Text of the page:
The housing market is poised for a strong performance this year, unless strong economic headwinds stymie its progress.
Continued high levels of unemployment, partisan bickering in Washington over spending and broader fiscal policies, new mortgage rules along with bad appraisals and a tight lending environment could hamper the recovery that rooted last year, economists argue.
Still, the sector is fragile and any shocks could not only hurt housing but ding up the economy, which is trying to gain more traction nearly three years after the recession ended.
"Nearly every measure of housing market strength — sales, starts, prices, permits and builder confidence — has been trending upward in recent months and we expect to see gradual but steady growth along these lines in 2013," David Crowe, chief economist of the National Association of Home Builders (NAHB) said this week.
But "continuing gridlock in Washington over how much more fiscal tightening is needed to stabilize the debt-to-GDP ratio, along with calls by some policymakers for major changes to the mortgage interest deduction, threaten to negatively impact consumer confidence and future housing demand," Crowe said.
Although lawmakers mostly avoided going over the fiscal cliff, they left plenty undecided for 2013, billions in automatic spending cuts, funding the government through the end of the fiscal year and raising the debt ceiling, which is expected to be put off until this summer.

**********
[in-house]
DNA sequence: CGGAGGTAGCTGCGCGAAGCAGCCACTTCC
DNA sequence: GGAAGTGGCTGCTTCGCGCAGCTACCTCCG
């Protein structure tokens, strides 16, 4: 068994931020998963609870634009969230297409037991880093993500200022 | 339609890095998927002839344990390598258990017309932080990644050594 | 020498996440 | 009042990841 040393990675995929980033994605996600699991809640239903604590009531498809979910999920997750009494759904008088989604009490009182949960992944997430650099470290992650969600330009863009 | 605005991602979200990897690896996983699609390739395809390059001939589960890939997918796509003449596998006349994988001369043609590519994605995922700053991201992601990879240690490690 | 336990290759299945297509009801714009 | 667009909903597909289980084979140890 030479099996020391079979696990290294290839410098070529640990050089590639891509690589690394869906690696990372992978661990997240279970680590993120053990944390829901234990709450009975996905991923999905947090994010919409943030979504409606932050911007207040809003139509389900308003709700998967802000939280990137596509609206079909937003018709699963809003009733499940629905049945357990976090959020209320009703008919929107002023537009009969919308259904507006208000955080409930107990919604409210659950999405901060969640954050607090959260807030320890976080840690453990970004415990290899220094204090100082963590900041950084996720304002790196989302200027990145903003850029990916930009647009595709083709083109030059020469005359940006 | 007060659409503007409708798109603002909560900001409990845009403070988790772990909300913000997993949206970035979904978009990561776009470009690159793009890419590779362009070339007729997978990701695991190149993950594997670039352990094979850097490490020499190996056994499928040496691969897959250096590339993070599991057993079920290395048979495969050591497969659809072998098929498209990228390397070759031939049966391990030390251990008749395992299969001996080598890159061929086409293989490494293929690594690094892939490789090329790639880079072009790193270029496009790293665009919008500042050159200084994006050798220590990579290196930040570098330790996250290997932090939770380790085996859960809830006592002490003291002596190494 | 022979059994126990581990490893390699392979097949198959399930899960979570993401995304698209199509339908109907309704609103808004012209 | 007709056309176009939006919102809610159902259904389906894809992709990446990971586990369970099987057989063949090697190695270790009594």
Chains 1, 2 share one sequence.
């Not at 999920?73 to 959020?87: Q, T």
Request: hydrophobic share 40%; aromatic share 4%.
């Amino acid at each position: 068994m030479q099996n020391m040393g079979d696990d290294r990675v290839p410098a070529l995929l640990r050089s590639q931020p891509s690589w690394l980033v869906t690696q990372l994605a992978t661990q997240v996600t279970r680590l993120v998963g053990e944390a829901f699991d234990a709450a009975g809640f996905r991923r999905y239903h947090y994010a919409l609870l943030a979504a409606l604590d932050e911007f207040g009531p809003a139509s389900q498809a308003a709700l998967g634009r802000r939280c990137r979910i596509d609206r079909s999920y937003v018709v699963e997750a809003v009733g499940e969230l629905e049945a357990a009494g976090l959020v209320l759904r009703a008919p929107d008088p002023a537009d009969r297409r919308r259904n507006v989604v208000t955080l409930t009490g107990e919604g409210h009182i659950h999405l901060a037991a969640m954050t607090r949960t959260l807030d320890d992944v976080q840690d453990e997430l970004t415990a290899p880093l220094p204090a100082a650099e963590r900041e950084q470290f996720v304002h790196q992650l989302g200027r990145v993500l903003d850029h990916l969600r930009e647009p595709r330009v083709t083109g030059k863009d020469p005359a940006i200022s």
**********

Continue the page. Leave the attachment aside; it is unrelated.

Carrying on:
As part of the legislation passed by the House to delay the debt ceiling until May 19, lawmakers must produce yearly budgets in each chamber or face the loss of their pay, a move that could, at least, provide certainty over that long-put-off process.
The House approved a budget last year but the Senate hasn't produced a non-binding blueprint for the nation's spending since 2009.
Mark Zandi, chief economist with Moody's Analytics, said there are three key potential impediments to a housing recovery, including a still tepid job market, tight mortgage credit standards and a large number of homes wallowing near or in the foreclosure process.
"There is a bit of chicken and egg problem between the housing and job markets," he told The Hill.
"I’m hopeful that more homebuilding, home sales and higher house prices will jump start more job growth which in turn will further propel the housing market. A virtuous cycle takes hold after many years of a vicious cycle," Zandi said.
There are nearly 3 million first mortgage loans — out of 49 million — hovering near foreclosure and that number needs to drop below 1 million to reflect a healthier mortgage market.
"This overhang of foreclosed property should dwindle as the year progresses, and investor demand for distressed property remains strong, but as long as so many loans are in so much trouble it is hard to be fully confident that housing is off and running," Zandi said.
Getting a loan is still tough for potential borrowers with high underwriting standards and appraisals coming in low based on the price declines of the past.
"As mortgage quality improves and the legal and regulatory uncertainty abates, I expect lenders to ease up and mortgage credit to become more available," Zandi said.